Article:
Funding for renewable hydrogen storage materials

TOP: Professor Sally Brooker (Otago), Dr Paul Jerabek (HZH), Aimee Kaio (Awarua Runaka and Te Rūnanga o Ngāi Tahu), Associate Professor Nigel Lucas (Otago), Dr Anna Garden (Otago); BOTTOM Associate Professors Michael Jack (Otago) and Jonathan Leaver (Unitec), Dr Chris Bumby (Vic), Associate Professor Alex Yip (Canty), Professor Peng Cao (Akl). Missing: Dr Linda Wright (NZ H2 Council).

Thanks to an international research grant, the development of safe, low-cost, environmentally friendly hydrogen storage materials derived from New Zealand resources has advanced.

Professor Sally Brooker of the University of Otago’s Department of Chemistry and Dr. Paul Jerabek of the Institute of Hydrogen Technology, Helmholtz Zentrum Hereon are co-leading a German-New Zealand Green Hydrogen partnership.

The alliance, which is sponsored for five years by German and New Zealand money, was created to promote networking and outreach and to construct a research center at Otago. It intends to promote green hydrogen research and industry partnerships between the two countries, thereby creating considerable investment opportunities and attracting high-quality industrial and research partners.

It has been received a three-year research funding from the German Federal Ministry of Education and Research (BMBF) and the New Zealand Ministry of Business, Innovation, and Employment (MBIE) to study safe, inexpensive hydrogen storage materials derived from New Zealand resources.

“After a lot of planning, our team is thrilled to be able to move forward with our investigations into producing green hydrogen storage materials from New Zealand resources,” Professor Brooker says.

The MBIE grant is co-led by Professor Brooker and Dr. Jerabek, in partnership with Aimee Kaio (Awarua Runaka and Te Rnanga o Ngi Tahu) and Dr. Linda Wright (NZ H2 Council), and supports a New Zealand-wide research team consisting of Associate Professors Nigel Lucas and Michael Jack and Dr. Anna Garden (Otago), Dr. Chris Bumby (Robinson Research Institute, Victoria), Associate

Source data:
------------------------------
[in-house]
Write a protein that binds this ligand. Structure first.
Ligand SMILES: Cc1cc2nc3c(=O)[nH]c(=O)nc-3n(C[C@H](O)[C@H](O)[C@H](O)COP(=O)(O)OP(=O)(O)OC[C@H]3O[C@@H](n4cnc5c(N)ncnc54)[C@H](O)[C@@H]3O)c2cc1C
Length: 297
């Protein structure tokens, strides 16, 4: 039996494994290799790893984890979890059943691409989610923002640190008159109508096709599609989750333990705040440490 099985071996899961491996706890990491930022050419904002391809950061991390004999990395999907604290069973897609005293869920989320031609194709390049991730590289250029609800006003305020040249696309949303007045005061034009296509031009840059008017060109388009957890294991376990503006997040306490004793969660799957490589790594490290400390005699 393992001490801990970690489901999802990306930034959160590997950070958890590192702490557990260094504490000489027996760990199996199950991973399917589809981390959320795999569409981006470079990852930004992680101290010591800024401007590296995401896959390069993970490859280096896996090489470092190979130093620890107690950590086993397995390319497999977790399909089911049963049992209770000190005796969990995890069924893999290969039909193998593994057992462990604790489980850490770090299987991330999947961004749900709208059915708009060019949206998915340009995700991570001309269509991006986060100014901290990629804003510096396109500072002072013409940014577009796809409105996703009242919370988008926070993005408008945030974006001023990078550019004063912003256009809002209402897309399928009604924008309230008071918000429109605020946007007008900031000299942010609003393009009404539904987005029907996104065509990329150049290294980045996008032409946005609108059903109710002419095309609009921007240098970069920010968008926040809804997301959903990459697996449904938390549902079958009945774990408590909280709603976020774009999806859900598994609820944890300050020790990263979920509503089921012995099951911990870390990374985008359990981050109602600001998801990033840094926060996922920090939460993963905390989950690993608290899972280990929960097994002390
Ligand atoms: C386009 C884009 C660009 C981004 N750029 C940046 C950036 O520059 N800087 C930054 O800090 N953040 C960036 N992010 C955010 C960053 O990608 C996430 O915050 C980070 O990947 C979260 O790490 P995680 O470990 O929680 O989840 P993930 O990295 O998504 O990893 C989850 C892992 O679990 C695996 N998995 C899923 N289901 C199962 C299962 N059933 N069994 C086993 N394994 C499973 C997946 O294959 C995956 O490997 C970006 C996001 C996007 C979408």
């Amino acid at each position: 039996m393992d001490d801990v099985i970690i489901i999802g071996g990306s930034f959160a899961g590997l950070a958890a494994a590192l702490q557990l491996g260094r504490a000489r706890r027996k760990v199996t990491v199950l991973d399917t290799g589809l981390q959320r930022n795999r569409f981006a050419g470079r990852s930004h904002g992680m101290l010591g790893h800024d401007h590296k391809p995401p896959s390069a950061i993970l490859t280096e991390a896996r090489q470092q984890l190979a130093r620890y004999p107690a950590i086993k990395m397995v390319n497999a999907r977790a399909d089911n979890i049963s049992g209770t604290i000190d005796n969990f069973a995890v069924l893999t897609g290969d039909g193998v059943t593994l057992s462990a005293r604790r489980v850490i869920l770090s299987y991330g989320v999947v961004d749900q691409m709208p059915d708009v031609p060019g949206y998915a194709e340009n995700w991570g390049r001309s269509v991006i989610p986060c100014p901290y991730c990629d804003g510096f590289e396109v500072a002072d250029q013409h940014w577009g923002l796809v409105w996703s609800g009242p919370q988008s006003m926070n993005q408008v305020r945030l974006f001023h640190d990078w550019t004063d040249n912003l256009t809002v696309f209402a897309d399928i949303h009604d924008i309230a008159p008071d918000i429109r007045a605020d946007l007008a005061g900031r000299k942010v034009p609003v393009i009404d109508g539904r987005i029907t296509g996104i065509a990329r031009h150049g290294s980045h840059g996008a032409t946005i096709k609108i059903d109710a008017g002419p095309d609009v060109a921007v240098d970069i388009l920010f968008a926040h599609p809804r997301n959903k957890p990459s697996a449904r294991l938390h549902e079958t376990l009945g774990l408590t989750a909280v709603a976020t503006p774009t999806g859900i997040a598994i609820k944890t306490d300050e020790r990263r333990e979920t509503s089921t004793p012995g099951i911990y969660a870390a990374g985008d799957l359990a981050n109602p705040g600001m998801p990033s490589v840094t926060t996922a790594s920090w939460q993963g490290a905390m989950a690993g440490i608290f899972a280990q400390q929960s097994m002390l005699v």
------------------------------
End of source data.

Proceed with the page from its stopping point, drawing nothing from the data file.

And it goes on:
As a significant commodity chemical and carbon-free fuel, green hydrogen has the potential to become a crucial vector for transporting and storing renewable energy, but it is difficult to store compactly.

Currently, it is stored through either high-pressure compression or liquification via cryogenic chilling. Due to system leakage losses, safety concerns, and expense, neither is suitable for large-scale, long-term storage.

Dr. Jerabek explains that the research program aims to support the transformation of New Zealand and Germany into green hydrogen economies by focusing on the development of commercially viable metal alloy materials capable of safe and compact hydrogen storage at pressures and temperatures close to ambient.

“Metal hydrides are an extremely safe, versatile and technically very attractive option for hydrogen storage. However, to make them commercially competitive with alternative storage methods, new cost-effective sources of these metals are required.”

Professor Brooker explains that the highly collaborative research project aims to combine scientific, engineering, and economic expertise to determine if New Zealand resources, such as ilmenite, can be used to generate these metal alloy materials in a cost-effective and environmentally friendly manner, while retaining the benefits in the region.

“This will enable wide-spread uptake of new hydrogen technologies by various sectors, including electricity, transportation and industry, with outcomes intrinsically linked to, and aligned with, the Māori worldview of kaitiakitanga,” she says.

Professor Richard Blaikie, Otago’s Deputy Vice-Chancellor, Research and Enterprise, says the University is “fully committed to deepening our partnership with iwi on important project such as this, and to meeting our ambitious sustainability goals”.

“It is exciting to know that new researchers will be trained in the course of this project, contributing to New Zealand’s future workforce needs in this rapidly evolving energy sector.”

Tā Tipene O’Regan, Kaumtua of Ngāi Tahu and Upoko of Awarua Runanga, asserts that the Murihiku/Southland region offers substantial export and employment potential for green hydrogen.

“It’s important that we make wise investments now for the future of our region and we act in the national interest. Green hydrogen will allow us to continue to make our contribution both to the New Zealand economy and support the fight against climate change.

“The future conversion of existing Manapouri hydro and development of new renewable energy projects to support a large-scale green hydrogen plant for both export and domestic use in Awarua is a ‘no brainer’.”

Nedim Husomanovic

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